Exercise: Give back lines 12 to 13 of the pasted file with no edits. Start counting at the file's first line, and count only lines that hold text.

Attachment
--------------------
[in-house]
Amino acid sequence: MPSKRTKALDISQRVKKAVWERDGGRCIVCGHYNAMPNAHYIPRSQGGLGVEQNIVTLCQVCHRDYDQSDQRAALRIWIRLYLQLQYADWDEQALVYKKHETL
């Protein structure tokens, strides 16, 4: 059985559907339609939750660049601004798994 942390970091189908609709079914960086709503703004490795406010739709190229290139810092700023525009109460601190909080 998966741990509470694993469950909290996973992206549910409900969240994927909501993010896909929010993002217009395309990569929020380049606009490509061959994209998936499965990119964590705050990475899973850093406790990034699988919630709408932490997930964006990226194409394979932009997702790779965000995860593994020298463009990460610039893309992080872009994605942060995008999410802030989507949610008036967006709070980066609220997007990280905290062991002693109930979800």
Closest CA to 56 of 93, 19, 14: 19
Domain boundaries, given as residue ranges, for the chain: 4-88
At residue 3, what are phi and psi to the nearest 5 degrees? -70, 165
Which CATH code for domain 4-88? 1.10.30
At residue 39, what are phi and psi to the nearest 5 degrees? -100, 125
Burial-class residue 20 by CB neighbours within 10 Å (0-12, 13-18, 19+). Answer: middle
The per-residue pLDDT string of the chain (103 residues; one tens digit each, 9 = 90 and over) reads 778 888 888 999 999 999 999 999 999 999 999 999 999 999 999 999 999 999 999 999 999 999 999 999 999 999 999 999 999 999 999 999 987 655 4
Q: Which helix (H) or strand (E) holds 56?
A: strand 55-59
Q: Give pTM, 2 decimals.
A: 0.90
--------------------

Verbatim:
A: strand 55-59
Q: Give pTM, 2 decimals.